During my years in a Field Service Company, "packed for battle" generally included a full-sized refrigerator in the company command tent, running off one of our generators. But during my years in a Combat Engineer Battalion, access was a little tougher. Still, I was an officer and a logistician. There was usually some errand or excuse at some point most days that could take me close enough to civilization to score myself a fix. So, even on my worst Field Training Exercise, I never went a week without caffeine.

Other than that, I don't know… I'll bet sometime as a kid I must have given it up for lent. (Although my family always practiced Lent Lite. You know; where on Sundays you could have whatever it was you gave up. So it wasn't like you had to go a full, cold-turkey 40 days.)


So I just finished drinking my last can of Diet Coke until next Monday morning. (FYI: I decided to stretch it out and drink it slowly.) I'm not sure about this one. I'm going to have a crushing headache by noon tomorrow. I'm actually a little bit scared.

I'll keep you posted though.

PS: Oh and here's one from the insult-to-injury file – In case it didn't sink in for you from that description of the challenge (I know it didn't for me), beer is carbonated. Nooooooo!

Tubular trauma

DSC_0063 I just set a personal record for most flat tires in a season – three.

The most recent wasn’t technically on my bike. It was Corinne’s (or, to be even more accurate, Josie’s). But since we were riding together and chivalry demanded that I hop off and walk back to the trailhead with her, I’m claiming it. All in all though, I’ve been pretty darned lucky on each one.

Flat #1: During this year’s Apple Duathlon
Yes, it truly sucks to get a flat in a race. I’ve always told myself that if it happens I’m just going to smile, relax and wait for the sag wagon. (I’m so dreadfully slow at changing a tube that I don’t even bother to weigh myself down with patches, tubes, pumps…) But this one hit me just about a mile from transition. I figured, what the heck, I was just going to run when I got to transition. I might as well start running now. Three miles or four miles? Big deal. So I took off my shoes and ran the Stealth Bomber back to the middle school. Flat tire and a pesky case of whooping cough – I was proud just to come in under two hours.

Flat #2: Last week, when a little 15-miler turned into a little 14-miler
I’d been wandering around out on some empty, rural, county roads, but my tire had the decency to hang on till about a mile from home. This time I wasn’t even racing, so I didn’t have to run back. Turned into a lovely little walk on a beautiful late-summer morning. I just had to do it in stocking feet, pushing a bike, and wearing an especially awkward display of spandex.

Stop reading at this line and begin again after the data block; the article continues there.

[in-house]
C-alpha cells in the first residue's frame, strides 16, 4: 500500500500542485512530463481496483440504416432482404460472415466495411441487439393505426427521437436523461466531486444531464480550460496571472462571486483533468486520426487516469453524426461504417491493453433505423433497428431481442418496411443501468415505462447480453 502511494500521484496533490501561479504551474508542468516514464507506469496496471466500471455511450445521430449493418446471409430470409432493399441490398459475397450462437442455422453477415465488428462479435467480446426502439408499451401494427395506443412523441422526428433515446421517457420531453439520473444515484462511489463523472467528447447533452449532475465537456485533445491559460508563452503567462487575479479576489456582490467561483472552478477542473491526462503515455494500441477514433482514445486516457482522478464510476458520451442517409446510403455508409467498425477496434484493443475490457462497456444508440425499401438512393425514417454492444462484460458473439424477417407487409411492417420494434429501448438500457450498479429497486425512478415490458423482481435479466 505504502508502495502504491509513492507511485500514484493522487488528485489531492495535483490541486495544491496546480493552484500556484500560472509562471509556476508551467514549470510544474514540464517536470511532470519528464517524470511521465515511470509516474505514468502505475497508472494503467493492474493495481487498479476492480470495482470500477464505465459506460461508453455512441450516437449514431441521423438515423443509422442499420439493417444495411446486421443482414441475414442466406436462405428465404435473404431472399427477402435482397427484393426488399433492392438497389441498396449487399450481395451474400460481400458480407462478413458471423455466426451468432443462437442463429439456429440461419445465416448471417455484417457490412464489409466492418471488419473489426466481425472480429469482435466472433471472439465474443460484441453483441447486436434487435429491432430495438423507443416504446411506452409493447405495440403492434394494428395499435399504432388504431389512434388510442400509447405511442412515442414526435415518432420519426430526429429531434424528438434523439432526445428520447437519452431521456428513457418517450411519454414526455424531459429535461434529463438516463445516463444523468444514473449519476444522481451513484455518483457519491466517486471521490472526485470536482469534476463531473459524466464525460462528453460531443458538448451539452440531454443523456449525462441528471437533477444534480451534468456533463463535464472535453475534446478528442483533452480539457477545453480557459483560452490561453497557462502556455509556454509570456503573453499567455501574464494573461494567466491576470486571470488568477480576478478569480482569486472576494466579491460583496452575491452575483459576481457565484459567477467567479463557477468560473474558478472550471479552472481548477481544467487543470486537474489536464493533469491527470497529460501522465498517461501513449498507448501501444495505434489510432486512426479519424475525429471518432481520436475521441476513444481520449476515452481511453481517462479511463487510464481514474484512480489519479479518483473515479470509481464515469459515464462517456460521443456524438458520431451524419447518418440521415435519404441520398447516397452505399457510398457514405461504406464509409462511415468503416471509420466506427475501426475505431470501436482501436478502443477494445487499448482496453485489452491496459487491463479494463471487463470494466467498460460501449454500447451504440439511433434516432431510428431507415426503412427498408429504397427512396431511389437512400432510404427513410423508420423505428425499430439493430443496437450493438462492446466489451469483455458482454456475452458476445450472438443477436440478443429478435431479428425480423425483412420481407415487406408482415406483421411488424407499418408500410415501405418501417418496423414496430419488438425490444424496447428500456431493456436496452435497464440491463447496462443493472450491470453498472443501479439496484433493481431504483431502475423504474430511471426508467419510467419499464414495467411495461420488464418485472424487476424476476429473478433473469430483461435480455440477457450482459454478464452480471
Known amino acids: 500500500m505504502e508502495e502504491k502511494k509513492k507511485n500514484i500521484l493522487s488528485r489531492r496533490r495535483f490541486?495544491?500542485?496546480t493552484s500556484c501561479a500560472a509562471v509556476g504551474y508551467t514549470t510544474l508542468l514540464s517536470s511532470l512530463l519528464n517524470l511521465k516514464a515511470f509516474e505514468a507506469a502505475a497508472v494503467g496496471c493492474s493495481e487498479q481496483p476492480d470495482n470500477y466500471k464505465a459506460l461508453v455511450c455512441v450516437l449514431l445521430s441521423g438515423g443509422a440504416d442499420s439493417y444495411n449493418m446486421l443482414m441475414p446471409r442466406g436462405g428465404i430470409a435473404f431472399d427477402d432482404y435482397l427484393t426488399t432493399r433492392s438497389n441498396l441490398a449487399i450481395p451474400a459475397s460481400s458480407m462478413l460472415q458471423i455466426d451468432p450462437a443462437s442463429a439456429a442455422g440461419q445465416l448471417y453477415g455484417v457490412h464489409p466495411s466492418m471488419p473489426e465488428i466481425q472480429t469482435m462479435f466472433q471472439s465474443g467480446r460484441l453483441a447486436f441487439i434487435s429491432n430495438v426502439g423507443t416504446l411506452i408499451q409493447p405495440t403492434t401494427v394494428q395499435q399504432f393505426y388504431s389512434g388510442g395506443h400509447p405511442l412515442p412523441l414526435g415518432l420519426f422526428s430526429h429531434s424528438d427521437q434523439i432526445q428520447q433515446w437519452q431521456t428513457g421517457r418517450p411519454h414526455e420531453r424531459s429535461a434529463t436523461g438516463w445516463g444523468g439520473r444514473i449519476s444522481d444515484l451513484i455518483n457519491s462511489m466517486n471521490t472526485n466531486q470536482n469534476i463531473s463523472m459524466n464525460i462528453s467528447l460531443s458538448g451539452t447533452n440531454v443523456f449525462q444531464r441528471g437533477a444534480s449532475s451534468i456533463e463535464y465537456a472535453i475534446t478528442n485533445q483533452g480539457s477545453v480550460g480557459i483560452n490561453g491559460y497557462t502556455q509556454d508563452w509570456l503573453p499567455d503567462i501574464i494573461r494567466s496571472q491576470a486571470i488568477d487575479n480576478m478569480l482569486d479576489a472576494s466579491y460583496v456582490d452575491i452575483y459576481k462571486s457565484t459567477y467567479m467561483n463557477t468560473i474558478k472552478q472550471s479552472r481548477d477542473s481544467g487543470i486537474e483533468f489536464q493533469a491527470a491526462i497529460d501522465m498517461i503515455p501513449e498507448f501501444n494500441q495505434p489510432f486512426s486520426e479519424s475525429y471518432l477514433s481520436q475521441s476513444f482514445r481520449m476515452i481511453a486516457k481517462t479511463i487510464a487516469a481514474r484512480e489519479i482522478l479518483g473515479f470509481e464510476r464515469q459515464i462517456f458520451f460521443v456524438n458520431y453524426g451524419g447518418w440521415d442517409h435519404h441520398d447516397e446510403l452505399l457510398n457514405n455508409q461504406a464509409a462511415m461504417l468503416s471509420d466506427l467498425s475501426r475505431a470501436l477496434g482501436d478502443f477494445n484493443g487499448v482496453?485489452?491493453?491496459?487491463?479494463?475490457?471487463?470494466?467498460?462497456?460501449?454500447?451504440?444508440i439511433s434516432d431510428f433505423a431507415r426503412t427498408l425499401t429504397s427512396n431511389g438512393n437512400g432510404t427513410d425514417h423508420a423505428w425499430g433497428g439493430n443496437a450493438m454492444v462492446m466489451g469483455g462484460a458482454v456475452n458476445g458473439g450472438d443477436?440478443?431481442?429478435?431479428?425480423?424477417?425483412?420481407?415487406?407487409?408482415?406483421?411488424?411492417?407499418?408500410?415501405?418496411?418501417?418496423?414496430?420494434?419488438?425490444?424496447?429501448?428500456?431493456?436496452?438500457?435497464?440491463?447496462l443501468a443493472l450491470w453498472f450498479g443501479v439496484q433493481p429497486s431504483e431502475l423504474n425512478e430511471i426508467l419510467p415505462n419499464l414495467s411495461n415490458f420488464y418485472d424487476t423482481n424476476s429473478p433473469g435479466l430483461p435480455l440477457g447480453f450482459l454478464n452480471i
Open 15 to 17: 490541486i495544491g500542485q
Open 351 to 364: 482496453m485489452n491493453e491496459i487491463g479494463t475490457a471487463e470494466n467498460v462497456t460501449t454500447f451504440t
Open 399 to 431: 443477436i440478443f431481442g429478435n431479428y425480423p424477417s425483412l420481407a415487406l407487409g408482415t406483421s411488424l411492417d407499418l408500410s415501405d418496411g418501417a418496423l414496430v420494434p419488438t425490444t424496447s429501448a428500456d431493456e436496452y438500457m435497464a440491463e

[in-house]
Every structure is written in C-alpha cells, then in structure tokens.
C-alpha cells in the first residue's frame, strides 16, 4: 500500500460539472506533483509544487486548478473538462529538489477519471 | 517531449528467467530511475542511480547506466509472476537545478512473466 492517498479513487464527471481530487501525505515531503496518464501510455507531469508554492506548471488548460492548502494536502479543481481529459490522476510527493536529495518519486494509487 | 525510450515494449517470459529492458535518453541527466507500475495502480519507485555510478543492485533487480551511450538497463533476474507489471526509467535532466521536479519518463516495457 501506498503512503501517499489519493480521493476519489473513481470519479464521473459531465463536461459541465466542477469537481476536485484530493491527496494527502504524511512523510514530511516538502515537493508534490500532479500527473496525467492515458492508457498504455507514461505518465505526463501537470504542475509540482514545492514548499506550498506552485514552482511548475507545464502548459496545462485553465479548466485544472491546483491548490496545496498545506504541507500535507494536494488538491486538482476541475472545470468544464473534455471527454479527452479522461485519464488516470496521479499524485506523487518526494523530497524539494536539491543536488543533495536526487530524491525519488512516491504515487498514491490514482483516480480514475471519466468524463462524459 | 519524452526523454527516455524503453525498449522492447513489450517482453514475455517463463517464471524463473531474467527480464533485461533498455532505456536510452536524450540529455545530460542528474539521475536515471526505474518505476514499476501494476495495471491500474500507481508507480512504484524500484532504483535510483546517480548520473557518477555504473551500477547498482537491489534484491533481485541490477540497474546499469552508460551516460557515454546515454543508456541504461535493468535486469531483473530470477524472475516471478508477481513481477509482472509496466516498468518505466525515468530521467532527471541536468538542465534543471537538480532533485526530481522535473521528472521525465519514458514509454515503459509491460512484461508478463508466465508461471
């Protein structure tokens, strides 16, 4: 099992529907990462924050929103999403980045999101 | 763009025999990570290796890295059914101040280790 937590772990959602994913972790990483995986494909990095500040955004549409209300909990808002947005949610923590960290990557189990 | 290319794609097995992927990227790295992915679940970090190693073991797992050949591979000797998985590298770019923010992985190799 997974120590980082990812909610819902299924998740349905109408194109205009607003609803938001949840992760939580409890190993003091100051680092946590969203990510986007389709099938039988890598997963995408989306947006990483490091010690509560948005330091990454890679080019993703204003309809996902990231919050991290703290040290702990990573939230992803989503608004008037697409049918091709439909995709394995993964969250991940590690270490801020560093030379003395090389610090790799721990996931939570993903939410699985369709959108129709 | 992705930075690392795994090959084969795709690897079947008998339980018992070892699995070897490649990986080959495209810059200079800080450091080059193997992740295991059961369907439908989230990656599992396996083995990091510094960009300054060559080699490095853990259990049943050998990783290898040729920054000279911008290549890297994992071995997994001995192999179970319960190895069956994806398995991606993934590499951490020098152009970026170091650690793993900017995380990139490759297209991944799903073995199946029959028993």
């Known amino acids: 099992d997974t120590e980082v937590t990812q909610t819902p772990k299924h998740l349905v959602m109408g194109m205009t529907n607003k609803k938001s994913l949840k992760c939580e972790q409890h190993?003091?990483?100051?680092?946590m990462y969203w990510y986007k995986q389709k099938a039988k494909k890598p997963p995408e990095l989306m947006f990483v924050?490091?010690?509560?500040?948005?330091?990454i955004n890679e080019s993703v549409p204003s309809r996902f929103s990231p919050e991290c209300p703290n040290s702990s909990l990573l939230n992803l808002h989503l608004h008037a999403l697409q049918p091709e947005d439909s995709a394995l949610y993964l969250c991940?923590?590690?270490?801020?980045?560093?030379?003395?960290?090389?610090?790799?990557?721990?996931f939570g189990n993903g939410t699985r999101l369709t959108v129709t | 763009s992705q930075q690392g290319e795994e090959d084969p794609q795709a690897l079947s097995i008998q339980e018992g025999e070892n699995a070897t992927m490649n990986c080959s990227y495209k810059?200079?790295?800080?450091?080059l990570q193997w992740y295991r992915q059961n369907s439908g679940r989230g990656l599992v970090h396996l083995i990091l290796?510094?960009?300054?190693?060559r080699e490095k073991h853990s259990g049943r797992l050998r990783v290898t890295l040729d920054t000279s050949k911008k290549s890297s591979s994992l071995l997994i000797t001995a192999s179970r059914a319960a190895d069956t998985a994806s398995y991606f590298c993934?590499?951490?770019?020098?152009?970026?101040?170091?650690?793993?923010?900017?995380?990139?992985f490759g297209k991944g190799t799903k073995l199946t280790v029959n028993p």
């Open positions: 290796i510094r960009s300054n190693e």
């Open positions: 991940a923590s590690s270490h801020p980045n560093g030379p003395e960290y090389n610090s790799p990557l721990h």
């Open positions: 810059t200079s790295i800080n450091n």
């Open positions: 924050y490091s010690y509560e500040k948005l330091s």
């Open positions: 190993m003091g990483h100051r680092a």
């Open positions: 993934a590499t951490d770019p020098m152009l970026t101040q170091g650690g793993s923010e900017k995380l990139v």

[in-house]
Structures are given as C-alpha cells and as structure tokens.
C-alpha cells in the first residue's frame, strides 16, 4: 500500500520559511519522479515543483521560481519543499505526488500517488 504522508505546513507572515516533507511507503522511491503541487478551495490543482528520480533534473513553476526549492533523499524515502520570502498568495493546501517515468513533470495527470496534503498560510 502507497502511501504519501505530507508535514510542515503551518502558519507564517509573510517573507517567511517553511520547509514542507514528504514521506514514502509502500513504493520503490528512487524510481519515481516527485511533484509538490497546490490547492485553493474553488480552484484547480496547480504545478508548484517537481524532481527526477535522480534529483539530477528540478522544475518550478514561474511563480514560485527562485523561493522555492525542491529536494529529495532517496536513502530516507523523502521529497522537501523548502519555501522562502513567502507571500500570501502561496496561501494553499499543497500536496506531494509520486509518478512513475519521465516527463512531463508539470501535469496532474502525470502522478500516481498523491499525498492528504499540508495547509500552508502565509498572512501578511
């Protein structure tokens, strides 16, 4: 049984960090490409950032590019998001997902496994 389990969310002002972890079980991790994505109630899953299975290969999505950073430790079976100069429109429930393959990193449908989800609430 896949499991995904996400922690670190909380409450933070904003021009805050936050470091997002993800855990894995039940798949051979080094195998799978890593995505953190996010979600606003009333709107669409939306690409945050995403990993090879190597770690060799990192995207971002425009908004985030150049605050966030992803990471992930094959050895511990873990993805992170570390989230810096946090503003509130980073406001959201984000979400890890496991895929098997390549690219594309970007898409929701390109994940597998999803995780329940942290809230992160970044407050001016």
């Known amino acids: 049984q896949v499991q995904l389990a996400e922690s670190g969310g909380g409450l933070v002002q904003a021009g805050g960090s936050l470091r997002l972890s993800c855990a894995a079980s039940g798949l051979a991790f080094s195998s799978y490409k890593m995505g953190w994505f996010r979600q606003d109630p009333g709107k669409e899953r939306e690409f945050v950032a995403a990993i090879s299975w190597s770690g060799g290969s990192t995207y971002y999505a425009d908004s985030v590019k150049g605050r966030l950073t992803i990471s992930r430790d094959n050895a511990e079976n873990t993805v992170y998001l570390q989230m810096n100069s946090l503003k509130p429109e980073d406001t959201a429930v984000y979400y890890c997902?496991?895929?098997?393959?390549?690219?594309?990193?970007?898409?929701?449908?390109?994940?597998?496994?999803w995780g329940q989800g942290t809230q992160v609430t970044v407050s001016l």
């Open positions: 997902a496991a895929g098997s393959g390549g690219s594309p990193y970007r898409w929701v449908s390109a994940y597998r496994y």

Flat #3: Jail break
Corinne and I went out this afternoon to celebrate Labor Day by indulging her new passion – mountain biking. We were trying out the Jail Trail in St. Cloud for the first time. Fun little trail, without nearly as much climbing, dropping and risk of personal injury as the one we rode last week. But halfway in, Corinne’s back tire gave out. Oh well. We’re taking the day off work on Tuesday to celebrate our anniversary. Soon as we get some kids off on their first day of school, I’ll run pick up a new tube and we’ll try it again (Sounds like a fantastic anniversary celebration to me!)

Young love sucks

You remember it, don’t you? Of course you do. Everyone does. No one forgets the first time love sucker punches him (or, I suppose, her) in the groin.

Note #1: I’m not going to veer off into which member of our brood is undergoing the incident that’s sparking this post. That’s not mine to share. Speculate at your own peril. For all I know, they’ll be “back together” before I get this typed. (Yep, I was right. They are.)

Note #2: This is young love I’m talking about here – and the pain associated with it. I’ve lived through divorce and that’s a full-on story for a different day. That’s a degree of pain, of sadness, of guilt, and of anger on a whole different plane. I can’t minimize that. But there’s something singularly tragic about the demise of a first love. It has something to do with naivety and unfamiliarity with what to expect. So basically, I’m not sure Rod Stewart had it exactly right. I don’t know that the first cut is the actually deepest. But (as evidenced by the fact that we all remember ours), it’s the one that never quite heals.

I still laugh looking back because I fell for the girl with the greatest first-love name since Princess Buttercup: Jennie Devine. She was a gymnast without confidence. A cheerleader without enthusiasm. And a pretty girl with questionable tastes. She was perfect (as far as I was concerned).

And I did love her…as much as my 16-17-18-year-old psyche was capable of loving.